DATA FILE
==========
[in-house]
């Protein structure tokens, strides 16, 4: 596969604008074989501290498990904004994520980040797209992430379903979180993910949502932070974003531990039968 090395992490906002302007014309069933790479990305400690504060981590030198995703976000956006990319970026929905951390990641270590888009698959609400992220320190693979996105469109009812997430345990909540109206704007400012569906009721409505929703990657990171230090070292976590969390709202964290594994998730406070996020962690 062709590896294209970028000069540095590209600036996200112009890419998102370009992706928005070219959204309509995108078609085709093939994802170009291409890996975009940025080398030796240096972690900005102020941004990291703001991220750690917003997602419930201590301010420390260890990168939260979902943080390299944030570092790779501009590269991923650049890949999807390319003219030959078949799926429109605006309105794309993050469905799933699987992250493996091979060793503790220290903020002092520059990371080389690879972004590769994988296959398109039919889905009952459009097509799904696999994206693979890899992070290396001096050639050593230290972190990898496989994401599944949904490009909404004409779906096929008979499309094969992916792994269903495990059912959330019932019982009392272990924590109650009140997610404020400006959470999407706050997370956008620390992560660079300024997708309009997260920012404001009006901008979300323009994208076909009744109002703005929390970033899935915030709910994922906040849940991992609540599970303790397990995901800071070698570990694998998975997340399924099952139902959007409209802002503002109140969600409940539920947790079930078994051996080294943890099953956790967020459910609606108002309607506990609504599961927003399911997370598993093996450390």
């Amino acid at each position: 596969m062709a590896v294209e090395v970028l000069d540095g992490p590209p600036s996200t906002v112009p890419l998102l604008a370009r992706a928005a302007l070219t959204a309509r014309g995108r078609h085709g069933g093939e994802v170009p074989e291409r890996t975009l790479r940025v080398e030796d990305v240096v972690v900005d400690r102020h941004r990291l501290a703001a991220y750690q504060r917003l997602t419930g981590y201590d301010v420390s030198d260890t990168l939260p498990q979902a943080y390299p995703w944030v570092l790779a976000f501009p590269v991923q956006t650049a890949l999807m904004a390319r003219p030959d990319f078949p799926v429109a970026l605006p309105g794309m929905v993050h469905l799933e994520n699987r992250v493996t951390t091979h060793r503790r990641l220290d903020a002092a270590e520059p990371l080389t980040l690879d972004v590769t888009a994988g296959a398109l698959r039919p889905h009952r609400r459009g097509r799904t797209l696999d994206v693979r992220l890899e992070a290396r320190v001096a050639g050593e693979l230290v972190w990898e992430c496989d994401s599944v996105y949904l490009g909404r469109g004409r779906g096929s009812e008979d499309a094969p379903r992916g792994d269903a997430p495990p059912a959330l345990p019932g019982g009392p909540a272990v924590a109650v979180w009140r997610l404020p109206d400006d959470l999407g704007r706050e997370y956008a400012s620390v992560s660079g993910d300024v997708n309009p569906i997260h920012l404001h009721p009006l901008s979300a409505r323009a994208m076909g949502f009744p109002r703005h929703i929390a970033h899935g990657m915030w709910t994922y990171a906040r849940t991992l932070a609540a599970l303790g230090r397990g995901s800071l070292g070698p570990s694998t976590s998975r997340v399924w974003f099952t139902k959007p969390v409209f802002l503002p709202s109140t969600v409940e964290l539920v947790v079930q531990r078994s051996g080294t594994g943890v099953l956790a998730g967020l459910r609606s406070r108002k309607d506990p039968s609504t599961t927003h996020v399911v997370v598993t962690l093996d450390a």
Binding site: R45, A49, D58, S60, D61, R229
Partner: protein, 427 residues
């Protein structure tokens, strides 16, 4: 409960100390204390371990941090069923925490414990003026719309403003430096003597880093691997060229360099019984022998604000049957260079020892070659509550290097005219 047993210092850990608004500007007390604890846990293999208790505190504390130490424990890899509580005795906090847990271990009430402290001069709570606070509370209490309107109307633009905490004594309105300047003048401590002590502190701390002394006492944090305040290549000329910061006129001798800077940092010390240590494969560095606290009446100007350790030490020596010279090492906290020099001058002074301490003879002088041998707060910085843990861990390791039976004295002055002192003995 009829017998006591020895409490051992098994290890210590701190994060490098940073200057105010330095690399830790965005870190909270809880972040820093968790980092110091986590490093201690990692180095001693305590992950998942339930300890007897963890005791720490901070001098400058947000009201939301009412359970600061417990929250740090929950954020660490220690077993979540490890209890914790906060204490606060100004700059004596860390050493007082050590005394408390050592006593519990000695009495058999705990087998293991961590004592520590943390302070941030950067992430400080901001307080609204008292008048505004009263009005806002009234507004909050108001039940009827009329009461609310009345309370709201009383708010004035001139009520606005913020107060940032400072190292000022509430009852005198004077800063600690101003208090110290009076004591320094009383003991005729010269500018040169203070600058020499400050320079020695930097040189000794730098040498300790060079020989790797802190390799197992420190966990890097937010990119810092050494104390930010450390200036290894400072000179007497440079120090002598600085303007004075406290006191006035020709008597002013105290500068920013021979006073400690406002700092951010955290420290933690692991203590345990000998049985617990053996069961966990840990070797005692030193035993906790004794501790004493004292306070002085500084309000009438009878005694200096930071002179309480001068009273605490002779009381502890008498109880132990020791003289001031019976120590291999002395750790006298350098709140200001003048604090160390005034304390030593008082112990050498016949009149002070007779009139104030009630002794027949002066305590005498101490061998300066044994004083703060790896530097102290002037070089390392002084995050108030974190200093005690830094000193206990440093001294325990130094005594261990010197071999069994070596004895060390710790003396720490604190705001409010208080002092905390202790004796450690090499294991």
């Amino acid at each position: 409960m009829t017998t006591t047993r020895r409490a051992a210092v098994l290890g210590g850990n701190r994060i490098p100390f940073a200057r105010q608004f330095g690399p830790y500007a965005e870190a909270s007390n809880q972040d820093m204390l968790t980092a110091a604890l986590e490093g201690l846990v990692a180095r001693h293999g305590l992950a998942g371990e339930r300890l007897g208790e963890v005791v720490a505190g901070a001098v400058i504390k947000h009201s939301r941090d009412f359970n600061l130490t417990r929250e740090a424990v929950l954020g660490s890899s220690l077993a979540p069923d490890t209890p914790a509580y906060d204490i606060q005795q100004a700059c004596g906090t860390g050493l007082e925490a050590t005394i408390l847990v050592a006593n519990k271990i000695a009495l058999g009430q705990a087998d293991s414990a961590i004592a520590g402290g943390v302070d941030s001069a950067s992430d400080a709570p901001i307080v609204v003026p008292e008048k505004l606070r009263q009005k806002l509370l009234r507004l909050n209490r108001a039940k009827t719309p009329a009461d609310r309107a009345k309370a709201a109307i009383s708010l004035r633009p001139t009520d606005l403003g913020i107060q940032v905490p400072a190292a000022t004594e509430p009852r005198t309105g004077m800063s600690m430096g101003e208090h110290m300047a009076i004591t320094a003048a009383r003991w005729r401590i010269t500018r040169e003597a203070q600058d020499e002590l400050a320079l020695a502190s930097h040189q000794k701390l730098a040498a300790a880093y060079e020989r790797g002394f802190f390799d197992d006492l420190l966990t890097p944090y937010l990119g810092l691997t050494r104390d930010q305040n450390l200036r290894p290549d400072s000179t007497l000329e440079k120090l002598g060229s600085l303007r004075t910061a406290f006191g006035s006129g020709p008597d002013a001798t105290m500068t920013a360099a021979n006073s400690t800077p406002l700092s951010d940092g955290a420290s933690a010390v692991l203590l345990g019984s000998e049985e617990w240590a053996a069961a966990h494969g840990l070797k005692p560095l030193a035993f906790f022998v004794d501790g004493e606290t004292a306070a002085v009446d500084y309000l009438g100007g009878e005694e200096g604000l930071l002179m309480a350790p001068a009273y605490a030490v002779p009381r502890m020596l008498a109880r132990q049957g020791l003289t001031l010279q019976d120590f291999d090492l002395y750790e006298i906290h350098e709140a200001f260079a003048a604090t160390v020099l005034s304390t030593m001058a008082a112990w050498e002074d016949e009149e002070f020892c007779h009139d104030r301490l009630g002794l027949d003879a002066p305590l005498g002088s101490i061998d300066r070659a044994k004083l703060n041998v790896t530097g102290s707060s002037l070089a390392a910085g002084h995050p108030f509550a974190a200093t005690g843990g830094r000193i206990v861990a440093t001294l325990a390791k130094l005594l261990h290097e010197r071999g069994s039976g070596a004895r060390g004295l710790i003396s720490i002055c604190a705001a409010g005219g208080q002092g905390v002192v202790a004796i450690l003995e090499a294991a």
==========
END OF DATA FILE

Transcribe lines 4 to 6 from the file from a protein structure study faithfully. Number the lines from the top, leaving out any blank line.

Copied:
Binding site: R45, A49, D58, S60, D61, R229
Partner: protein, 427 residues
């Protein structure tokens, strides 16, 4: 409960100390204390371990941090069923925490414990003026719309403003430096003597880093691997060229360099019984022998604000049957260079020892070659509550290097005219 047993210092850990608004500007007390604890846990293999208790505190504390130490424990890899509580005795906090847990271990009430402290001069709570606070509370209490309107109307633009905490004594309105300047003048401590002590502190701390002394006492944090305040290549000329910061006129001798800077940092010390240590494969560095606290009446100007350790030490020596010279090492906290020099001058002074301490003879002088041998707060910085843990861990390791039976004295002055002192003995 009829017998006591020895409490051992098994290890210590701190994060490098940073200057105010330095690399830790965005870190909270809880972040820093968790980092110091986590490093201690990692180095001693305590992950998942339930300890007897963890005791720490901070001098400058947000009201939301009412359970600061417990929250740090929950954020660490220690077993979540490890209890914790906060204490606060100004700059004596860390050493007082050590005394408390050592006593519990000695009495058999705990087998293991961590004592520590943390302070941030950067992430400080901001307080609204008292008048505004009263009005806002009234507004909050108001039940009827009329009461609310009345309370709201009383708010004035001139009520606005913020107060940032400072190292000022509430009852005198004077800063600690101003208090110290009076004591320094009383003991005729010269500018040169203070600058020499400050320079020695930097040189000794730098040498300790060079020989790797802190390799197992420190966990890097937010990119810092050494104390930010450390200036290894400072000179007497440079120090002598600085303007004075406290006191006035020709008597002013105290500068920013021979006073400690406002700092951010955290420290933690692991203590345990000998049985617990053996069961966990840990070797005692030193035993906790004794501790004493004292306070002085500084309000009438009878005694200096930071002179309480001068009273605490002779009381502890008498109880132990020791003289001031019976120590291999002395750790006298350098709140200001003048604090160390005034304390030593008082112990050498016949009149002070007779009139104030009630002794027949002066305590005498101490061998300066044994004083703060790896530097102290002037070089390392002084995050108030974190200093005690830094000193206990440093001294325990130094005594261990010197071999069994070596004895060390710790003396720490604190705001409010208080002092905390202790004796450690090499294991």